[Owasp-board] O'Reilly

Timo Goosen timo.goosen at owasp.org
Thu Mar 24 10:43:12 UTC 2016


I think O'Reilly focusses much more on quality of content as opposed to
OWASP, we are currently focussing on quantity not quality.

>>"We want content to be free, O'Reilly is a commercial publisher who
believes the opposite."
I don't 100% agree with this. O'Reilly often publishes books online for
free for the first few versions in order to get people to peer review them
before officially publishing them.  They also have an Open Book project:
http://www.oreilly.com/openbook/


We can learn a great deal from O'Reilly in terms of the quality of books
that they produce.  This has to do with the very strict review process that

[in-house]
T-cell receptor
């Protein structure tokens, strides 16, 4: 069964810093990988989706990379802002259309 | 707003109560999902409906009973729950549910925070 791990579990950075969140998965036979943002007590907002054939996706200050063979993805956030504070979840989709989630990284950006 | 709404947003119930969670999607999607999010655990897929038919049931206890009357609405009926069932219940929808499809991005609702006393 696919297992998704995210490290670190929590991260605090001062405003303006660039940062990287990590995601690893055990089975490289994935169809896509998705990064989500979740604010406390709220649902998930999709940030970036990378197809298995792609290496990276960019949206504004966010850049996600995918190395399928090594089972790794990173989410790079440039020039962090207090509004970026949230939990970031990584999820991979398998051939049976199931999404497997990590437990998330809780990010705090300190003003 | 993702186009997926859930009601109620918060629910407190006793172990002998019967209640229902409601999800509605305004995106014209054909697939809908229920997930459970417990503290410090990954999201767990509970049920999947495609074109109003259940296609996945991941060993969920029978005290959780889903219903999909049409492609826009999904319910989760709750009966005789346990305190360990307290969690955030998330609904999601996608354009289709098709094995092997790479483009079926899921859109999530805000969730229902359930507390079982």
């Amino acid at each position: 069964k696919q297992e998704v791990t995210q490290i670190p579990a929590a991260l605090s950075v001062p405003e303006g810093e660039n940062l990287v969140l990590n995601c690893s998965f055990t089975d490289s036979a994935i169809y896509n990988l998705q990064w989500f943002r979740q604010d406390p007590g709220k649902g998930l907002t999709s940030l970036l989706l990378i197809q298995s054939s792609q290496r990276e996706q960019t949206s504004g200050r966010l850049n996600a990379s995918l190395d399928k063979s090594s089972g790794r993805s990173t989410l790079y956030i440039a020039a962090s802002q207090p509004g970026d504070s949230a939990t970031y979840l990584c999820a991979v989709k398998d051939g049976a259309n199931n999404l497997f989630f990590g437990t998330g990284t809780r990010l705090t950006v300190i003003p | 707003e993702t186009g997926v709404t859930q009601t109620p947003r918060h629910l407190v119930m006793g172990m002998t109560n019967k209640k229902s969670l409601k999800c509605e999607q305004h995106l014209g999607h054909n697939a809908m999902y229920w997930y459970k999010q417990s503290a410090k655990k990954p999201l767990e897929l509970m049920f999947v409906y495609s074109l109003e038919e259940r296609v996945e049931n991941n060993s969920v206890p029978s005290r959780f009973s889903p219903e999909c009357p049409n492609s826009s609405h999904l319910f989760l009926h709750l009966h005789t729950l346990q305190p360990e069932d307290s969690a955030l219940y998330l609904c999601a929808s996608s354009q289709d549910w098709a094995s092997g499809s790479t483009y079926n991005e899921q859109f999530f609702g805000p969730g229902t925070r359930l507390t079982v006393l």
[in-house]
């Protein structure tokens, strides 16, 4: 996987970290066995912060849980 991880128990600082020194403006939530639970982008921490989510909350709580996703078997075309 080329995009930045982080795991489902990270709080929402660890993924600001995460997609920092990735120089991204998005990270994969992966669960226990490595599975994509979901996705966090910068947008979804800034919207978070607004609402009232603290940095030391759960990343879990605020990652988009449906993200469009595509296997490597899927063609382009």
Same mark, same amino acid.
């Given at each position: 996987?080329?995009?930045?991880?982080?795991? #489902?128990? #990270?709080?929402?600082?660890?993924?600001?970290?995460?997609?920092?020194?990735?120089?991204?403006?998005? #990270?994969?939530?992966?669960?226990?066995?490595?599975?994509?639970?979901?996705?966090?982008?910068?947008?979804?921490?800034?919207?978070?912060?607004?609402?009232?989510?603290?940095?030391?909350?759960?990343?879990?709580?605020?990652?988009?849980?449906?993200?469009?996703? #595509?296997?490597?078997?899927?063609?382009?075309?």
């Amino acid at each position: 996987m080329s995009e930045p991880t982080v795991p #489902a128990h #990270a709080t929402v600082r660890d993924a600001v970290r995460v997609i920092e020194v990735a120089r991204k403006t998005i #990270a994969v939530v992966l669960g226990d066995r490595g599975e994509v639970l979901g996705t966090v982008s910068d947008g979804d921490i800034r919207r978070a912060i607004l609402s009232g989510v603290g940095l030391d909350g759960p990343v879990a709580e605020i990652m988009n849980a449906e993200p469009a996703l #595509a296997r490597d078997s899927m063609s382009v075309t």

they follow.

At the moment it feels to me that OWASP is producing lots of content, but
with little or no review. We still have lots of outdated info on the
wiki,empty projects etc.  It is good to produce open content, and producing
open content should be encouraged, but having old ,incorrect or
unmaintained content
is very dangerous from a security point of view.

Also another thing we can learn from O'Reilly is that they really know how
to attract good quality authors and I think this has allot to do with how
they treat their authors not so much to do with how much the authors are
getting paid.

I kind of agree on Matt with most points. If you can't beat them, join them.

Regards.
Timo

On Sat, Mar 19, 2016 at 9:02 PM, Jim Manico <jim.manico at owasp.org> wrote:

> Summary: I think exploring co-marketing with O'Reilly (like we do with